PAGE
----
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Open Access. Powered by Scholars. Published by Universities.®

Columbia Law School

2003

New York University Review of Law & Social Change

Articles 1 - 3 of 3

Full-Text Articles in Law

The Fragile Promise Of Provisionality, James S. Liebman, Charles F. Sabel Jan 2003

The Fragile Promise Of Provisionality, James S. Liebman, Charles F. Sabel

Faculty Scholarship

It is a pleasure to address such well-informed, insightful and well-intentioned responses to our Article. Intellectual predispositions and differing assessments of the prospects of reform aside, it is striking that so many participants have firsthand experience of the new model school, the new politics in all their mystery, and even non-court-centric judicial review. It is clear that something is afoot, and not just in academic circles, when observers as different as Diane Ravitch, the critic of Deweyan latitudinarianism, and Gordon Whitman, the community organizer, are both surprised to discover that standardized testing can go hand in hand with individualized education ...


A Public Laboratory Dewey Barely Imagined: The Emerging Model Of School Governance And Legal Reform, James S. Liebman, Charles F. Sabel Jan 2003

A Public Laboratory Dewey Barely Imagined: The Emerging Model Of School Governance And Legal Reform, James S. Liebman, Charles F. Sabel

Faculty Scholarship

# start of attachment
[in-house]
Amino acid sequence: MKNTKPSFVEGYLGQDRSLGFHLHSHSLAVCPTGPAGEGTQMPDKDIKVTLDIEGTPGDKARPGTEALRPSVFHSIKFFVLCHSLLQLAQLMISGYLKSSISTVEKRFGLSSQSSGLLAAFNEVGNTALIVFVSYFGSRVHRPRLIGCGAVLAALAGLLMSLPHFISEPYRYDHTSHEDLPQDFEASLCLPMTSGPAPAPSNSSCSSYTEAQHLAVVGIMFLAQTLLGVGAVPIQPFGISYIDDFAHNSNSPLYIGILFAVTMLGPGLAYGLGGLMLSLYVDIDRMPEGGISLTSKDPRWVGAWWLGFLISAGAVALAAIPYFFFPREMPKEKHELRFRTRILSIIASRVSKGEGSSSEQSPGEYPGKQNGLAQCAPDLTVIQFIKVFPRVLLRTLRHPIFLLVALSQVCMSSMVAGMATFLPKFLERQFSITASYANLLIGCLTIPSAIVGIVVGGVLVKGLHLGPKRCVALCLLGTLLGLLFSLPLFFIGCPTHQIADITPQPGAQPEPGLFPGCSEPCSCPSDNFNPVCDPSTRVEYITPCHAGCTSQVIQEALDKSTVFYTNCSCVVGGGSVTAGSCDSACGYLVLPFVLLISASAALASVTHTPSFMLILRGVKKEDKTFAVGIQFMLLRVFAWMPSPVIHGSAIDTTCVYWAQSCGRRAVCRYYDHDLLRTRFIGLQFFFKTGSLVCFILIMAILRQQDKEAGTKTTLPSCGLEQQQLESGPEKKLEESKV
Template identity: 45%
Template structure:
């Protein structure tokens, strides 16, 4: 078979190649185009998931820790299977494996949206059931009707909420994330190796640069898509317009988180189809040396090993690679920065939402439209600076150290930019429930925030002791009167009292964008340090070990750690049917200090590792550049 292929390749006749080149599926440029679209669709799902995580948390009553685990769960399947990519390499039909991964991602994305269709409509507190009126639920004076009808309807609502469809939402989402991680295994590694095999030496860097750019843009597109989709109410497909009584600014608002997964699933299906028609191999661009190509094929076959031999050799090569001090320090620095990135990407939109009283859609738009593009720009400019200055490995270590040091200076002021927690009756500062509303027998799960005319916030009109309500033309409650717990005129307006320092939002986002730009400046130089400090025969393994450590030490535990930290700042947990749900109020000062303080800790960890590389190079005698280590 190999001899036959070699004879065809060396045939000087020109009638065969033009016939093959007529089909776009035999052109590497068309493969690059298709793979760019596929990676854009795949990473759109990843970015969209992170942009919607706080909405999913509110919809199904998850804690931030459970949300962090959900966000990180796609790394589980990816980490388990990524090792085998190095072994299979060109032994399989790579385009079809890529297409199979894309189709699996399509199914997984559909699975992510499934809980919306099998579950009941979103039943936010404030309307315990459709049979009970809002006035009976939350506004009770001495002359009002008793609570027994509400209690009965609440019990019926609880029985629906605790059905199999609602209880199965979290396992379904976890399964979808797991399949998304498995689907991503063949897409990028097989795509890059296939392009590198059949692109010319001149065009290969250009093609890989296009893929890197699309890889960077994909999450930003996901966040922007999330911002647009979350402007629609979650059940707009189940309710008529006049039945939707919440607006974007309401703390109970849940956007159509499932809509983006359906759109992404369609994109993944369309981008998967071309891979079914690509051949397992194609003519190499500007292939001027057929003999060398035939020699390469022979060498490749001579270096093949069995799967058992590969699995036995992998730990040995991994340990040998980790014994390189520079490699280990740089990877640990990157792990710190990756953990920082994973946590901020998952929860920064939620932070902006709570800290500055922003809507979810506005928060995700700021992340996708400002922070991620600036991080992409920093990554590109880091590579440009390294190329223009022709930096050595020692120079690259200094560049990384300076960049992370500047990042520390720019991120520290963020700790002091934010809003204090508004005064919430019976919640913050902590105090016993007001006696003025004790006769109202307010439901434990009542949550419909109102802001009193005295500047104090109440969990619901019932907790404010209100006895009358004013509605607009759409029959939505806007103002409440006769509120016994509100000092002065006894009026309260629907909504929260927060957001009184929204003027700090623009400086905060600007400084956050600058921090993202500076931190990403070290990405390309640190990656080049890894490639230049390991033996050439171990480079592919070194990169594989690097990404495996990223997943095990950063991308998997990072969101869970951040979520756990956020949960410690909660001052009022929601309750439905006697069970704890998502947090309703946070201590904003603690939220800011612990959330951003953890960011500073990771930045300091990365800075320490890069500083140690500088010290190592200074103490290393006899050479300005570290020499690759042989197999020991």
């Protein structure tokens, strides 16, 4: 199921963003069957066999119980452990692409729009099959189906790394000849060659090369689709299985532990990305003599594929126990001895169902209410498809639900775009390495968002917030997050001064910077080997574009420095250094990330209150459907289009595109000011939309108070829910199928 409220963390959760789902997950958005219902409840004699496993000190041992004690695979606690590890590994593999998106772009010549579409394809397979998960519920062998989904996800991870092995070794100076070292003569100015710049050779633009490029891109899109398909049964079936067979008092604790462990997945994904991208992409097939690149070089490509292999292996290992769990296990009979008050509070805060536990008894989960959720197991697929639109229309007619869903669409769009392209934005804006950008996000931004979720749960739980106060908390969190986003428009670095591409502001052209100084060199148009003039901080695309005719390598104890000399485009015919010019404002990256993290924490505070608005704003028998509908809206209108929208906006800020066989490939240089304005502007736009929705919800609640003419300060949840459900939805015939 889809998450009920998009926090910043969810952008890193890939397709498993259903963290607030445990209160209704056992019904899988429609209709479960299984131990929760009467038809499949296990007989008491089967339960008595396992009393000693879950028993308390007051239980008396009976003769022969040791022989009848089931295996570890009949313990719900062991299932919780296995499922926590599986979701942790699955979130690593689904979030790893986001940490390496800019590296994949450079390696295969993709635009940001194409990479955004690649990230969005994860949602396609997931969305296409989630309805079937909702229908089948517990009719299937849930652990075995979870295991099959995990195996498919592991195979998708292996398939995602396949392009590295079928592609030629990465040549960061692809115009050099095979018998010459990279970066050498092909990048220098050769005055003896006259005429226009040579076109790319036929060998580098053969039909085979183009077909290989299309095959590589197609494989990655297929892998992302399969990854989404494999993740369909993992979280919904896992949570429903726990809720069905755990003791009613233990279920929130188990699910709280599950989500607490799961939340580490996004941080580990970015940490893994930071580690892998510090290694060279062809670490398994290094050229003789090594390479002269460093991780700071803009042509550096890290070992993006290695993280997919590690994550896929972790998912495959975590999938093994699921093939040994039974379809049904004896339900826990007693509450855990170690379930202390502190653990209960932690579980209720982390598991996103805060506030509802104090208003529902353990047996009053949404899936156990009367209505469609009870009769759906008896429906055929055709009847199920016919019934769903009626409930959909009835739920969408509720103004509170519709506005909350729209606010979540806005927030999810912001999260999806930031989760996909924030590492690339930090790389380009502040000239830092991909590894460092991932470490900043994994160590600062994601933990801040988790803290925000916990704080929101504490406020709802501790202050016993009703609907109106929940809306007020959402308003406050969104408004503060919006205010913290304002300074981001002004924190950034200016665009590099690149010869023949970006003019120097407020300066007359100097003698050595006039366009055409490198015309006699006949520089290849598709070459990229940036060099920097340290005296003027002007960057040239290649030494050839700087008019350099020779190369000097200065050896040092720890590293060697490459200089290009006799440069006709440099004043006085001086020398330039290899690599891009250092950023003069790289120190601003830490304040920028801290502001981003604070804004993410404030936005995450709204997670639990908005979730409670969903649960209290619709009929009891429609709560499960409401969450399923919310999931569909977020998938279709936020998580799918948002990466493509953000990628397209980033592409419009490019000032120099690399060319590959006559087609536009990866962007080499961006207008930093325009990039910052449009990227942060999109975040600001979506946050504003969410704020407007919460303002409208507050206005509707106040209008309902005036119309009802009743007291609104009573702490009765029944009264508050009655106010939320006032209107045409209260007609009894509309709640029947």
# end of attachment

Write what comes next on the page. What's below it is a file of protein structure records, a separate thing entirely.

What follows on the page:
The American public school system is in the midst of a vast and promising reform. The core architectural principle of the emergent system is the grant by higher-level authorities – federal government, states, and school districts – to lower level ones of autonomy to pursue the broad goal of improving education. In return, the local entities – schools, districts, and states – provide the higher ones with detailed information about their goals, how they intend to pursue them, and how their performance measures against their expectations. The core substantive commitment of the emergent system is the provision to all students, and particularly to racial ...


The Fragile Promise Of Provisionality, James S. Liebman, Charles F. Sabel Jan 2003

The Fragile Promise Of Provisionality, James S. Liebman, Charles F. Sabel

Faculty Scholarship

We argue first that the new architecture of educational reform has emerged from the fusion of a top-down national movement for standards and bottom-up initiatives, some of the latter associated with Deweyan progressivism. A key feature of the reform architecture is its use of error-detection to compensate for design deficiencies. No one initially knows how to build a school system that enables poor and minority students to read and do mathematics at levels attained by rich white students. But following experimentation, error-detection and correction at the lowest levels to find out what works, higher level structures can be adjusted to ...